Sarasvati is celebrated both as a river deity, as her name and as the goddess of knowledge and ‘vak’-speech personified, is so identified because of her act of “flow”. Etymologically the word sara means to move fast, a waterfall and river. Sarasa means juicy, tasty like honey, full of impassionate love, and charming.
A fast-moving river with sweet water was personified and revered as a goddess, as she was the source of water for the people of Brahmavarta. She also was the goddess of speech, knowledge, and learning which also flows like a river and be beneficial to mankind. All rivers flow but the river Sarasvati was sacred to the Vedic people maybe for the quality of water.
Sarasvati as a river goddess
She was primarily a river personified as a deity and in this capacity of a mighty river, several Vedic sacrifices were made on the banks of river Sarasvati and the adjoining Drishadwati both with the reputation of sanctity. The region in between these two holy rivers was called ‘Brahmavarta ’where the pious sages and human settlement resided and performed the sacred ceremonies.
Sarasvati, the patroness of Vedic rituals and her other forms as ilia (the goddess of flow), Bharati (identified as the goddess of speech) were invoked by Hotri priest (Rig Vedic priest) to be present during yajna rituals and be seated on grass as essential to the proper performance of yajnas bringing delight.
Rig Veda 10.110.8, (R.T.H.Griffith, The Hymns of Rigveda) and many stanzas says:
“Let Bharati come quickly to our worship and Ila showing like a human being, Let Sarasvati and both her fellows deft Goddesses, on this fair grass be seated.”
“Sarasvati, who perfects our devotion, Ila divine, and Bharati all-surpassing. Three goddesses with the power inherent, seated, protect this holy grass, our flawless refuge”.
Sarasvati is prayed to come with her sisters, and be seated on sacred grass to accept the havis offered in sacrifices.
In 2. 41.16 Sarasvati is called “the best mother, best of rivers, best of the goddess, in thee Sarasvati, all generations have their stay. Be glad about Sunahotras’s sons O goddess, grant us, progeny”
Rig Veda, 1.164.49 quotes in support of her status as the best mother:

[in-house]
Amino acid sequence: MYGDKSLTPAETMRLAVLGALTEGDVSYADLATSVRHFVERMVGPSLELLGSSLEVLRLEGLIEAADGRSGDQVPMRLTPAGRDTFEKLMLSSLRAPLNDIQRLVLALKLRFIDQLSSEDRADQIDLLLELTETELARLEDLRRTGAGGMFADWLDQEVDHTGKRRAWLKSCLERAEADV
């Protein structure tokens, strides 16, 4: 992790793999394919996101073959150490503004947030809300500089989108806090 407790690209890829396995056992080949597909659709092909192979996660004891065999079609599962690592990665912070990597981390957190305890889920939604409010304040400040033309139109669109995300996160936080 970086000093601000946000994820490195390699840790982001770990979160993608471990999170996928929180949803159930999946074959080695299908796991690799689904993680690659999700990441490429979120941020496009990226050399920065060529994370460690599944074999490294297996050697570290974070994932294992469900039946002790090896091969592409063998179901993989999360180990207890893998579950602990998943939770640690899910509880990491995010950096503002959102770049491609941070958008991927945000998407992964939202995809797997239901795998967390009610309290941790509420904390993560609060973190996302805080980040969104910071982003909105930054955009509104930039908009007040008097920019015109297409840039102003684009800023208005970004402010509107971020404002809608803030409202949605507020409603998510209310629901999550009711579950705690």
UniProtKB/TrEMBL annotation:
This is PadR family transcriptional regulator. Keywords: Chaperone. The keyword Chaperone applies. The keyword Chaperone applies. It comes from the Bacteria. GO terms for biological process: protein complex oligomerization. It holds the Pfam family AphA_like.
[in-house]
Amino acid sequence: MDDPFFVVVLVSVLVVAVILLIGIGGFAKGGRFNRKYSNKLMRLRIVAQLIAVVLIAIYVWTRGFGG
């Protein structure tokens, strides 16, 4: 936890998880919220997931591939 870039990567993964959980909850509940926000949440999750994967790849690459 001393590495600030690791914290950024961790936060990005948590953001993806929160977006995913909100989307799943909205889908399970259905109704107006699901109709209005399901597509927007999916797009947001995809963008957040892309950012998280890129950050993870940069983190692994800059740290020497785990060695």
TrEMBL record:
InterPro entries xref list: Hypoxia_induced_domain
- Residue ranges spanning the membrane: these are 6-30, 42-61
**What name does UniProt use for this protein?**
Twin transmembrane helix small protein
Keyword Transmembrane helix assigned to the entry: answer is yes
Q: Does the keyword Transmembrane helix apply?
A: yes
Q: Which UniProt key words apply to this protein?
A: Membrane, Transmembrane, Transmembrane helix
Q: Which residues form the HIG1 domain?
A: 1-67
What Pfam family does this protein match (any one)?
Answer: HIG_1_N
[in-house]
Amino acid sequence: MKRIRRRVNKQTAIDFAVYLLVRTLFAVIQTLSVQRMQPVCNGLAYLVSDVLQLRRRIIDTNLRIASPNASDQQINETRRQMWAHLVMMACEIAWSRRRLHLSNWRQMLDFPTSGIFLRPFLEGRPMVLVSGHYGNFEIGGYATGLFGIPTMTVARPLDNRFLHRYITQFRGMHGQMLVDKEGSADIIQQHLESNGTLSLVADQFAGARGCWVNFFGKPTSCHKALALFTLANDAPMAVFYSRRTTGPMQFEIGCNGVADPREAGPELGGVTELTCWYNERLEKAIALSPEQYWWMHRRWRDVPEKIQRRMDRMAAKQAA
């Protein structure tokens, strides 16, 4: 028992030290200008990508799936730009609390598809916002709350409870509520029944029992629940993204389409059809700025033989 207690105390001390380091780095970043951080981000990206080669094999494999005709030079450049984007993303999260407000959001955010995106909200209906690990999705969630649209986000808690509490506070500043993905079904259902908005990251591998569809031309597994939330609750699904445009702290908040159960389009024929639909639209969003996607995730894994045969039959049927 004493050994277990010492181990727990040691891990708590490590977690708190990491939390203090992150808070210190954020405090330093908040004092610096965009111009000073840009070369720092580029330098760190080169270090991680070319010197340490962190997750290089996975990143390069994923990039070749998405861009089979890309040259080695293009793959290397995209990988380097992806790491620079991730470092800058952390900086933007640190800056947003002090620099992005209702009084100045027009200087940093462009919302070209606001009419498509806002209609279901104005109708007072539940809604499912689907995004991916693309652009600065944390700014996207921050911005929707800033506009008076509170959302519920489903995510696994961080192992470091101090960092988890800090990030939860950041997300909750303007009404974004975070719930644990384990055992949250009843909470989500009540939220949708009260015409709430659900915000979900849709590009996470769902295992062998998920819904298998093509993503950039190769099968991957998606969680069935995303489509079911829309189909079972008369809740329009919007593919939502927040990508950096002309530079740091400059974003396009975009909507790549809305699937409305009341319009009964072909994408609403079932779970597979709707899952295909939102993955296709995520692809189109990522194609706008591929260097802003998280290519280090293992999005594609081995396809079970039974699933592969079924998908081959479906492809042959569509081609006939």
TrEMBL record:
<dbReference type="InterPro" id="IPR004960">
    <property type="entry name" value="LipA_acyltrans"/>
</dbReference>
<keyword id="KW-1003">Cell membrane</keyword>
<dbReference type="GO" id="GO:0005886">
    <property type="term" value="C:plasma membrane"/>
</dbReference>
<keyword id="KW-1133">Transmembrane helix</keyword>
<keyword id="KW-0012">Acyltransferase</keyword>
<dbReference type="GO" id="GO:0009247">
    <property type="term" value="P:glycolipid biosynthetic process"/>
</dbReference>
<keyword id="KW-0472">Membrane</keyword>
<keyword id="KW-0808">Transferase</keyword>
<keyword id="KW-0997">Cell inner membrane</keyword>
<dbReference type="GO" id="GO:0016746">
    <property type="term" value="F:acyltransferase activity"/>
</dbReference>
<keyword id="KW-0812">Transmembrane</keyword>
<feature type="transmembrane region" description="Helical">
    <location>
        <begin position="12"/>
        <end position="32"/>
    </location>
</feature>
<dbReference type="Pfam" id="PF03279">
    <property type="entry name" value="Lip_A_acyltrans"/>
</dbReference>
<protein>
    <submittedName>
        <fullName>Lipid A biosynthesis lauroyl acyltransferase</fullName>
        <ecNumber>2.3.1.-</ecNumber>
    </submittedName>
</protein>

“The breast of thine exhaustless, spring of pleasure, wherewith thou feedest all things, choicest, wealth giver, treasure finder, free bestower, bring that, Sarasvati that we may drain it.”
Sarasvati as a mighty river
Sarasvati was addressed as a sacred river, was also a mighty one, displayed copious flood in her flow, flooded by the storm of Maruts (wind god).
Rig Veda, 6.61.2-14 has hymns in praise of Sarasvati indicated to be ridging the hills, by high waves that are very strong. She creates havoc with high waves in inhabited places. Since without Sarasvati, the place of settlement and the land would go dry, many stanzas are in praise of Sarasvati, where she is requested to flow calmly, give all the required sweet water for irrigation, and not chase away the inhabitants with her fierceness.
“She with her might, like one who digs for lotus-stems, hath burst with her strong waves the ridges of the hills.”
“Whose limitless unbroken flood, swift-moving with a rapid rush, come onward with a tempestuous roar.”
“Guide us, Sarasvati, to glorious treasure. Refuse us not the milk, nor spurn us from thee. Gladly accept our friendship and obedience: let us not go from thee to distant countries.”
River Sarasvati has been indicated in a symbolic form in an Indus seal. The wave-like representation with pointed peaks says about the high and sharp waves of Sarasvati, as described in Rig Veda. The symbol looking like X is the representation of the “Chatuspatha” where the four roads meet, as the representation of human settlement. The figure has been correlated to the Rigvedic stanza of 6.61.2-14 about the river Sarasvati.
River Sarasvati is addressed as “seven sistered”, her sisters being the other rivers of the present Panjab area. Among the many references to rivers as “sapta sindhu”, Sarasvati has earned the praise as the dearest amid the streams (6.61, 10 -14) who bestows prosperity on the five tribes. She is the most majestic and swifter of the mighty rivers
Stanza 10.75.5, there is mention of the name “Marudvridha”. Rig Veda mentions the storm-influenced river, River Sarasvati, who is also called the “Mother of floods” which increased by storm of Maruts. Hence, the river Marudvridha might possibly be a reference to River Sarasvati.
Rig Veda 7.36.6 indicates her forceful flow:
“Coming together, glorious, loudly roaring – Sarasvati, Mother of Floods, the seventh – with copious milk, with fair streams, strongly flowing, full swelling with the volume of their water;”
Sarasvati as the illuminator
Rig Veda equates Agni to Sarasvati, as both are illuminators. Agni drives away the darkness so also goddess Sarasvati, who with the power of knowledge drives away the darkness of the mind. Sarasvati is in Agni, which makes Agni is speech (Agni’s speech is the sound he makes while burning and giving light) and thus Sarasvati and Agni are identical as both illuminate.
In 10 125.6, Sarasvati as vak and mantra resided in the tip of the arrow shot by Rudra in the battle (with Tripurasura) and slayed the demons.
“I bend the bow for Rudra that his arrow may strike and slay the hater of devotion. I rouse and order battle for the people and I have penetrated earth and heaven”.
Rig Veda 1.3.11-12, explains Sarasvati with her light, lightens and illuminates all pious minds:
“Sarasvati, the mighty flood- she with her light illuminates, she brightens every pious thought.”
Jnana or knowledge